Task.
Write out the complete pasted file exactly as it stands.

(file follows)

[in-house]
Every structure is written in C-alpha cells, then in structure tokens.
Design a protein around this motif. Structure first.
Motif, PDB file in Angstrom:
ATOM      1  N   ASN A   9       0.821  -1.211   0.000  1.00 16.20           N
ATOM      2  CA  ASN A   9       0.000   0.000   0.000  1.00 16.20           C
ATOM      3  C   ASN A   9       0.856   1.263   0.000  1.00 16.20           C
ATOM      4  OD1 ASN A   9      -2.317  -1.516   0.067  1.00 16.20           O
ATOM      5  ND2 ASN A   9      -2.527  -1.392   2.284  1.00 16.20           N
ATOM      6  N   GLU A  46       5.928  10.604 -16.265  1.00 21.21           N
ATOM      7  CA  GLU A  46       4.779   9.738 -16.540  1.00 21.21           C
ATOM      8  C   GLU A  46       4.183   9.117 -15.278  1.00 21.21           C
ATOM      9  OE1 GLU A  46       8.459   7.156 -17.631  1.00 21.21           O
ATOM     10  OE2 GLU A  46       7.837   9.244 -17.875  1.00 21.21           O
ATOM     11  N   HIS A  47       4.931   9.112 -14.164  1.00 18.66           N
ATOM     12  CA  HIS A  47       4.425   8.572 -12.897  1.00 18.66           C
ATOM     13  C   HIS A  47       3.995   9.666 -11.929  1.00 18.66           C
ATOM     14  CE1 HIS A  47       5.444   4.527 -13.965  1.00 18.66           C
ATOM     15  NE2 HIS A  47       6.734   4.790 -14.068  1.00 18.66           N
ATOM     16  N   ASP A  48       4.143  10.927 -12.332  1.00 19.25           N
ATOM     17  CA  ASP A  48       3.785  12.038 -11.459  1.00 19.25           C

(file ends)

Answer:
[in-house]
Every structure is written in C-alpha cells, then in structure tokens.
Design a protein around this motif. Structure first.
Motif, PDB file in Angstrom:
ATOM      1  N   ASN A   9       0.821  -1.211   0.000  1.00 16.20           N
ATOM      2  CA  ASN A   9       0.000   0.000   0.000  1.00 16.20           C
ATOM      3  C   ASN A   9       0.856   1.263   0.000  1.00 16.20           C
ATOM      4  OD1 ASN A   9      -2.317  -1.516   0.067  1.00 16.20           O
ATOM      5  ND2 ASN A   9      -2.527  -1.392   2.284  1.00 16.20           N
ATOM      6  N   GLU A  46       5.928  10.604 -16.265  1.00 21.21           N
ATOM      7  CA  GLU A  46       4.779   9.738 -16.540  1.00 21.21           C
ATOM      8  C   GLU A  46       4.183   9.117 -15.278  1.00 21.21           C
ATOM      9  OE1 GLU A  46       8.459   7.156 -17.631  1.00 21.21           O
ATOM     10  OE2 GLU A  46       7.837   9.244 -17.875  1.00 21.21           O
ATOM     11  N   HIS A  47       4.931   9.112 -14.164  1.00 18.66           N
ATOM     12  CA  HIS A  47       4.425   8.572 -12.897  1.00 18.66           C
ATOM     13  C   HIS A  47       3.995   9.666 -11.929  1.00 18.66           C
ATOM     14  CE1 HIS A  47       5.444   4.527 -13.965  1.00 18.66           C
ATOM     15  NE2 HIS A  47       6.734   4.790 -14.068  1.00 18.66           N
ATOM     16  N   ASP A  48       4.143  10.927 -12.332  1.00 19.25           N
ATOM     17  CA  ASP A  48       3.785  12.038 -11.459  1.00 19.25           C